RH: Our story illustrates beautifully that it's not the color of our skin that divides us, it's the condition of our hearts. If we can get our hearts right, we will love everybody and we can come together as a nation. But, we just don't stop to examine our hearts. We just watch to judge people instead of serve them. Denver used to tell me, "The courthouse is full of judges, but what God needs is servants. If you're gonna hang with me on the streets, you better learn to never judge and always serve."
If Christians want to be the hands and feet of Christ, we need to not judge those that are different from us. That's why Denver always said, "Whether we're rich or poor, this earth ain't no final resting place. We're all homeless just working our way home."
Denver never judged anybody. He was very honest and caring man. He spent 25 years on the streets, but he spent most nights talking to God and gleaning wisdom.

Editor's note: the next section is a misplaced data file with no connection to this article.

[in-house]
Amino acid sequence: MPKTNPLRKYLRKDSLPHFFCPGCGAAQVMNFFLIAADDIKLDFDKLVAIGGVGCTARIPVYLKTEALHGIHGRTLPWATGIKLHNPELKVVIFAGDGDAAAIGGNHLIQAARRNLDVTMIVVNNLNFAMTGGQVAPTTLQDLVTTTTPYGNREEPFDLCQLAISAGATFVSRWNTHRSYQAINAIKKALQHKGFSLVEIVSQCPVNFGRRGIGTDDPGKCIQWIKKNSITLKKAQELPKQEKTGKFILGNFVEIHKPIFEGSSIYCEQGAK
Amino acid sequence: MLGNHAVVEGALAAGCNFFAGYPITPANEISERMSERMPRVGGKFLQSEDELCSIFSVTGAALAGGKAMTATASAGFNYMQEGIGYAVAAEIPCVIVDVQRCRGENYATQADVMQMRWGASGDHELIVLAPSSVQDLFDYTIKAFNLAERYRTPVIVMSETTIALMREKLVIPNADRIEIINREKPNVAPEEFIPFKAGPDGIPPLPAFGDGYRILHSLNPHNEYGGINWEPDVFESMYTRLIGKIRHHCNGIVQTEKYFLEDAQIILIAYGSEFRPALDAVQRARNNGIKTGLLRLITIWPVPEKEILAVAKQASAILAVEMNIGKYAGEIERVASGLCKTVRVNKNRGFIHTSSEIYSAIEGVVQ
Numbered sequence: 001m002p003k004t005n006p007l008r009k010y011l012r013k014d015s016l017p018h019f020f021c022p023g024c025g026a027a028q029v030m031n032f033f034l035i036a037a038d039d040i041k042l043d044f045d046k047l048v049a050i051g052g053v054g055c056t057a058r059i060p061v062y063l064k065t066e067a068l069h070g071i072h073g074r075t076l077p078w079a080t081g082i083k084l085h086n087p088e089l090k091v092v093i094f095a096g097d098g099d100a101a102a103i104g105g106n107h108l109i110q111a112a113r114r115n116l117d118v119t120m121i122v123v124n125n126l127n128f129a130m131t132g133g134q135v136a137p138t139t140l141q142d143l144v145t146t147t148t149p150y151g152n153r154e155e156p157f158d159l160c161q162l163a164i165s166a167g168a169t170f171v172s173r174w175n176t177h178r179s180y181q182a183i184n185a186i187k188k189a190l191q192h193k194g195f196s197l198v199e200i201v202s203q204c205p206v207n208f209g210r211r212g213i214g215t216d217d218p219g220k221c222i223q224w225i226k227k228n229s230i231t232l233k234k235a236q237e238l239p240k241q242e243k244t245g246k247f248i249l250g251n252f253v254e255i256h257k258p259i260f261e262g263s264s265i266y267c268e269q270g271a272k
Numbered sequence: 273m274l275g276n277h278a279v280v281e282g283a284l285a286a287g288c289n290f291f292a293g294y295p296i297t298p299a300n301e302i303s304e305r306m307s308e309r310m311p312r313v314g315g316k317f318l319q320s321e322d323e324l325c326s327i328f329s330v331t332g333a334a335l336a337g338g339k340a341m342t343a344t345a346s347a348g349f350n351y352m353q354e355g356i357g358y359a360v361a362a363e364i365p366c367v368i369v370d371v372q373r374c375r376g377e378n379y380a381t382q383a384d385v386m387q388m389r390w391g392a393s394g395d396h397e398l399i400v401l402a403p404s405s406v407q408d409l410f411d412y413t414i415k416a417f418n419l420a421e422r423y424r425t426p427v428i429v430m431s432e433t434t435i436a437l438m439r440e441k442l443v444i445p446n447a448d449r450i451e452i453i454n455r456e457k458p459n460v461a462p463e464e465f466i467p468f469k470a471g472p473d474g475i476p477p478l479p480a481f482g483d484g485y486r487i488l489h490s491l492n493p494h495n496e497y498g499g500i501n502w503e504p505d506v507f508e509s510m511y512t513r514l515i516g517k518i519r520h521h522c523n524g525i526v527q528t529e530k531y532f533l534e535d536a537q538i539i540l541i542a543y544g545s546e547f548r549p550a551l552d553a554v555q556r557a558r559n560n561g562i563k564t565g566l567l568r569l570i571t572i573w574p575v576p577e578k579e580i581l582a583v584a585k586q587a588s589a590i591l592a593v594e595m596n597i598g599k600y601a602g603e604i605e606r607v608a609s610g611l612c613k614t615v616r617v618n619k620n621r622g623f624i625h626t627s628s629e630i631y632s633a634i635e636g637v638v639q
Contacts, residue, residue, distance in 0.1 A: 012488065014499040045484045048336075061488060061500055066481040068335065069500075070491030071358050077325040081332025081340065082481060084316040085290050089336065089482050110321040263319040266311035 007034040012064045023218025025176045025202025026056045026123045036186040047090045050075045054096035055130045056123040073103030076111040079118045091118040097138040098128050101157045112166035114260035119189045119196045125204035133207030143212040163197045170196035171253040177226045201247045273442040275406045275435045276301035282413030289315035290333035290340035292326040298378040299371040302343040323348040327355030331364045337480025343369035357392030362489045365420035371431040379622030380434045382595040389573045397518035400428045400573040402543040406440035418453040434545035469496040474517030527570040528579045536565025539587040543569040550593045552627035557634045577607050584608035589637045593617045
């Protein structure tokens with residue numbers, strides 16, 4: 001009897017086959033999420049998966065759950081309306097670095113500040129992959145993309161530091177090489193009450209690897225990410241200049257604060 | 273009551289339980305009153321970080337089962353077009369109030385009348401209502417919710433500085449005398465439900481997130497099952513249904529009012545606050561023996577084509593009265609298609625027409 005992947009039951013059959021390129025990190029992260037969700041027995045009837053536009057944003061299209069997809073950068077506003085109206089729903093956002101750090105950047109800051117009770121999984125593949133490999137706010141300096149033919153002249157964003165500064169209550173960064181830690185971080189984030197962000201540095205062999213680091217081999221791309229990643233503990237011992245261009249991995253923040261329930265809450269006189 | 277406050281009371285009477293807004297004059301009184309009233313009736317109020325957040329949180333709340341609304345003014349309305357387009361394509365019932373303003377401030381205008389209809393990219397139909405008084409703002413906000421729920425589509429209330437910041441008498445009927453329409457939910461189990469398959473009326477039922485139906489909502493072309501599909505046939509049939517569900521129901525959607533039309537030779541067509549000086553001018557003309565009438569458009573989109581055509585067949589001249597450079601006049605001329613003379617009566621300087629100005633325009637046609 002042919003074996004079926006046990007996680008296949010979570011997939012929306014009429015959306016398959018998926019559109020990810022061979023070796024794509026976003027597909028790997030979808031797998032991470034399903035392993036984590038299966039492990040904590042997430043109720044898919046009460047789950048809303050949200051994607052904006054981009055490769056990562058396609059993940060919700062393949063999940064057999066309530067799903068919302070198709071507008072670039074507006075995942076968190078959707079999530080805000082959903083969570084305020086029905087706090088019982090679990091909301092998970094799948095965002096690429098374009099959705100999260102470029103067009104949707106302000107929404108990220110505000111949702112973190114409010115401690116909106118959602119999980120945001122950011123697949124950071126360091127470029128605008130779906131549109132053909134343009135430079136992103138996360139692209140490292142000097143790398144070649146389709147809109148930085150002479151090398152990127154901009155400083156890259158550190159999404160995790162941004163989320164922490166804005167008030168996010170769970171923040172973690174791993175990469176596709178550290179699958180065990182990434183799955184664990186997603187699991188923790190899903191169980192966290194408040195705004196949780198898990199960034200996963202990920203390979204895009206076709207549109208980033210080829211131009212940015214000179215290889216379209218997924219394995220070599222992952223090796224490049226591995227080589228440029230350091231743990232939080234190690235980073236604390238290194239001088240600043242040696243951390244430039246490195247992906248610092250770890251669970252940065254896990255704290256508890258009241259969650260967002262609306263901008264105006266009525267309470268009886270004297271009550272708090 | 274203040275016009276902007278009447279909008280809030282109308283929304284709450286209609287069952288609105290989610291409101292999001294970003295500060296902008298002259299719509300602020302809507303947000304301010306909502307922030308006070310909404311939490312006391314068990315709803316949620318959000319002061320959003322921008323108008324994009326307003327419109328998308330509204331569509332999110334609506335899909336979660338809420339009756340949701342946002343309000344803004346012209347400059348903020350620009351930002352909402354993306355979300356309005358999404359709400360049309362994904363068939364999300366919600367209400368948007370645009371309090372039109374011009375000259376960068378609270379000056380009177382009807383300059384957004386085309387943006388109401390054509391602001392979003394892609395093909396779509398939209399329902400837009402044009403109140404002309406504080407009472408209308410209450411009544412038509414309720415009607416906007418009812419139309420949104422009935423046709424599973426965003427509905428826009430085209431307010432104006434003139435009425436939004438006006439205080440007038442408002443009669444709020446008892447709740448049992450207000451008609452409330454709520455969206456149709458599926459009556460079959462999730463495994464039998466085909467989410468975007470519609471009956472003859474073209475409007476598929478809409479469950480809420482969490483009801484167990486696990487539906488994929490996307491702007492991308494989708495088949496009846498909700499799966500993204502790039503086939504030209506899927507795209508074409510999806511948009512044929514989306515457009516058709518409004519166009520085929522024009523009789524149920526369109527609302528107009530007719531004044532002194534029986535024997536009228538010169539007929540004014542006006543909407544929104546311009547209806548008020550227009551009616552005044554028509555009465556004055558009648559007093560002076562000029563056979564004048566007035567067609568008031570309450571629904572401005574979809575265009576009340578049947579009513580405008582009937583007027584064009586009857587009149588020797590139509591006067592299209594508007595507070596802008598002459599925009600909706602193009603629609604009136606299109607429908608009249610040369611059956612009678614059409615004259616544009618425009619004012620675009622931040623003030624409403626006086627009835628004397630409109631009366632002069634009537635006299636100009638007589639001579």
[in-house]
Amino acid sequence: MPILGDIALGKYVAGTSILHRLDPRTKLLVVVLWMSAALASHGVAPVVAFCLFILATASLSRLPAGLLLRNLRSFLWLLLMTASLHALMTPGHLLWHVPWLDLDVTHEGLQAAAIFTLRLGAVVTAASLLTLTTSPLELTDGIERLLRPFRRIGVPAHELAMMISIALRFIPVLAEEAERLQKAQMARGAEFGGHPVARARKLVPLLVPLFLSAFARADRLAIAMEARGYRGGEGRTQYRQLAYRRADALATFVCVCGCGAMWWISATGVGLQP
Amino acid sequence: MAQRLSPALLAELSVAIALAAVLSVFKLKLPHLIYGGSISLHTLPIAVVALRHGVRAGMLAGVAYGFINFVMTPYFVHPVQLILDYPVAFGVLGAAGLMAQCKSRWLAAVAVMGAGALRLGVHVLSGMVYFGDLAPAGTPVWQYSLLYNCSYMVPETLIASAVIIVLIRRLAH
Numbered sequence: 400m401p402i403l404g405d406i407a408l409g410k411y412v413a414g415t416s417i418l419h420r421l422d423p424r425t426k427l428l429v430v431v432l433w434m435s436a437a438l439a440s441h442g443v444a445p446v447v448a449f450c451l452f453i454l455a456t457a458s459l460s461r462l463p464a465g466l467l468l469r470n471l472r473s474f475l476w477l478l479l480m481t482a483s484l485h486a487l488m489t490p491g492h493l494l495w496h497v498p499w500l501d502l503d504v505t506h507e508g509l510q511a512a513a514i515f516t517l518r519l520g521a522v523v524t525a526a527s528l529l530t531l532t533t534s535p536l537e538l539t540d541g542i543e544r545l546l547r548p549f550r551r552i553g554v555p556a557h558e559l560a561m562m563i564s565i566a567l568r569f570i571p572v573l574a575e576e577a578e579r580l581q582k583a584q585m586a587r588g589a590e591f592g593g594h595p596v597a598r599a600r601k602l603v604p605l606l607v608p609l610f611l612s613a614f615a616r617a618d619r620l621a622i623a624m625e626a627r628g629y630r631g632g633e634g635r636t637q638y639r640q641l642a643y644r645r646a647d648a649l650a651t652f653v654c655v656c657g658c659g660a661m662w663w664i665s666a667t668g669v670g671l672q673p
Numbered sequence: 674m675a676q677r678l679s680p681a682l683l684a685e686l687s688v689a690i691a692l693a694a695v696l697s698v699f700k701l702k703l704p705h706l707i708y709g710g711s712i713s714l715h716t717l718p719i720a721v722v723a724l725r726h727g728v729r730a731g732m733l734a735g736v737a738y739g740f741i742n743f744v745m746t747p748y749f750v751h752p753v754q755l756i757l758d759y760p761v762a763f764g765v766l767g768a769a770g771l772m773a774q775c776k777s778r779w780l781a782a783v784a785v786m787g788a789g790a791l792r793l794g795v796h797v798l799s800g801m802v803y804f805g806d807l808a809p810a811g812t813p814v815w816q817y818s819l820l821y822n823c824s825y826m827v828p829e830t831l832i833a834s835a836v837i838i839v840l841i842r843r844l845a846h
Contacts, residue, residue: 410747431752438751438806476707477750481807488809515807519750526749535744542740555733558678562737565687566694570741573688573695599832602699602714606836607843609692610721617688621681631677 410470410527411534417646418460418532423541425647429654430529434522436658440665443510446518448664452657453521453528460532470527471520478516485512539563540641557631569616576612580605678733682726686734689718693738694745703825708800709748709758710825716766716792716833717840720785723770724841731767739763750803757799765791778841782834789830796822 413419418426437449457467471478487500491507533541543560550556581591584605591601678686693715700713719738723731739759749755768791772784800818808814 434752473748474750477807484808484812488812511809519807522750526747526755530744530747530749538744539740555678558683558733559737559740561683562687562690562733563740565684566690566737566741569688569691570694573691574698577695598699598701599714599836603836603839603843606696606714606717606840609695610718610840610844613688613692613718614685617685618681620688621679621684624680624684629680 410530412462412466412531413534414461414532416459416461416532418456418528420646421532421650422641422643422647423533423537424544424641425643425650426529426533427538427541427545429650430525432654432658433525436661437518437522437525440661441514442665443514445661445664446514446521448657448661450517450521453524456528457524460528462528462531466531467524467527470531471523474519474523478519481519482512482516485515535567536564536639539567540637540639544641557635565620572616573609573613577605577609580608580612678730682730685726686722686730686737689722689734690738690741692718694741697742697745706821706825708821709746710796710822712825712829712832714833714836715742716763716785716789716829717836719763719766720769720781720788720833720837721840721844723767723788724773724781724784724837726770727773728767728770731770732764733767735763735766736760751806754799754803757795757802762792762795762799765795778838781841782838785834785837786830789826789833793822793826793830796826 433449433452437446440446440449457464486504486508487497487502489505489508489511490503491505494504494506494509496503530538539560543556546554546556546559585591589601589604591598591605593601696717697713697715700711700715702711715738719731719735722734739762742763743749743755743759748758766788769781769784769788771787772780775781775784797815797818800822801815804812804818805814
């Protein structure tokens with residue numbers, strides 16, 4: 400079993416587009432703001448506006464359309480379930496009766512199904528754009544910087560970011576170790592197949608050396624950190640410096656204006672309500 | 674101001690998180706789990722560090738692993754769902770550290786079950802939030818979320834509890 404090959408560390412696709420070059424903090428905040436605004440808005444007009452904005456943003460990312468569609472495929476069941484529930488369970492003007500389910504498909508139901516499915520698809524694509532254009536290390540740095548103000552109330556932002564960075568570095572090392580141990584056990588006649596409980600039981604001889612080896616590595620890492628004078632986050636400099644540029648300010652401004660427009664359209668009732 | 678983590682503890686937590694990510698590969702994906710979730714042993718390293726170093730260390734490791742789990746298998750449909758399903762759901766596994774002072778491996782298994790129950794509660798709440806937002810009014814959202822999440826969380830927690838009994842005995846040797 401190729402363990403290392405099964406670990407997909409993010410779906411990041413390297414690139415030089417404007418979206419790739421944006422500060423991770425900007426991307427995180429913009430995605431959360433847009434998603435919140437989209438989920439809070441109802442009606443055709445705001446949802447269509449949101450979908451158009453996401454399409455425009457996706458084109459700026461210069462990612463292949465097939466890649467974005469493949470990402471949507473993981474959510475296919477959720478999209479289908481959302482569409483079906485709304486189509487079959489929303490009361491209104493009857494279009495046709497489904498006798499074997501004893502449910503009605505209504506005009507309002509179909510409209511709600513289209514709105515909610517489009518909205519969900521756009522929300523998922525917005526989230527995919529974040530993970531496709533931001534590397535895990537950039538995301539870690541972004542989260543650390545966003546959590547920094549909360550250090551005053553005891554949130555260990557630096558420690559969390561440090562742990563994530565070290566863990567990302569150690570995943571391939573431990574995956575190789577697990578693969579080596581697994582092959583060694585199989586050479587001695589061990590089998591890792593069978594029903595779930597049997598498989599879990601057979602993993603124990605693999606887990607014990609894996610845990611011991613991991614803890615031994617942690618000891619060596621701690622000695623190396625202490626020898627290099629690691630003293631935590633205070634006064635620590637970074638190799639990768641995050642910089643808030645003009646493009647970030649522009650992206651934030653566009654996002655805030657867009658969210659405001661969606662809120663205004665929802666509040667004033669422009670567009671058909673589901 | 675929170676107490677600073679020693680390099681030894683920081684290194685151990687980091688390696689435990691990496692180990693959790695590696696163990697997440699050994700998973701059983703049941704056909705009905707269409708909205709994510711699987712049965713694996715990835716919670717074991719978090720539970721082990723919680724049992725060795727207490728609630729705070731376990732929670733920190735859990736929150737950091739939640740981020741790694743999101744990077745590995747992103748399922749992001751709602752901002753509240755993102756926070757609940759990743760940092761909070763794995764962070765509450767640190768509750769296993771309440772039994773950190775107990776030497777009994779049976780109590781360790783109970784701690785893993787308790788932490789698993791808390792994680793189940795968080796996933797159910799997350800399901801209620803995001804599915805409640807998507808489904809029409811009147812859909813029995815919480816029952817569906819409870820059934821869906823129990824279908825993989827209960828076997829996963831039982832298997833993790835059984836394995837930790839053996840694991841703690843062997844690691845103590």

GH: In many ways, Denver was a Christ-like figure.
RH: Well, he was a very Jesus-like figure (laughs) that's a stretch to get there, but he was a person that demanded justice, he was an enforcer on the streets, he didn't allow one homeless person to mistreat another. They called him "suicide" because he always kept a scowl on his face to keep people afraid of him. A lot of people see our story as a wealthy white man saving a poor African-American homeless man, and there could be nothing further from the truth. I had a lot more changing to do than he did. Once he moved in with me, he stayed true to himself. He became a millionaire, but he didn't let it change the way he was. He spent time on the streets blessing and taking care of people and never stopped that. Me? I was an arrogant, I won't say I was racist, but I was prejudiced, there's no doubt about that. I had a long way to change. I didn't believe that he had anything to offer me. My wife was busy chasing the Almighty God while I was busy chasing the Almighty Dollar.
GH: What does it mean to be a friend?
RH: A good friend is one who will lay his life down for another; a true friend is someone that enters into the lives of another person, that enters into their pain and celebrates their joy. We want our film to make a difference and encourage people to look for ways to bless others. We want to show what it means to be the hands and feet of Jesus without preaching to anybody. That's what it is to be a friend.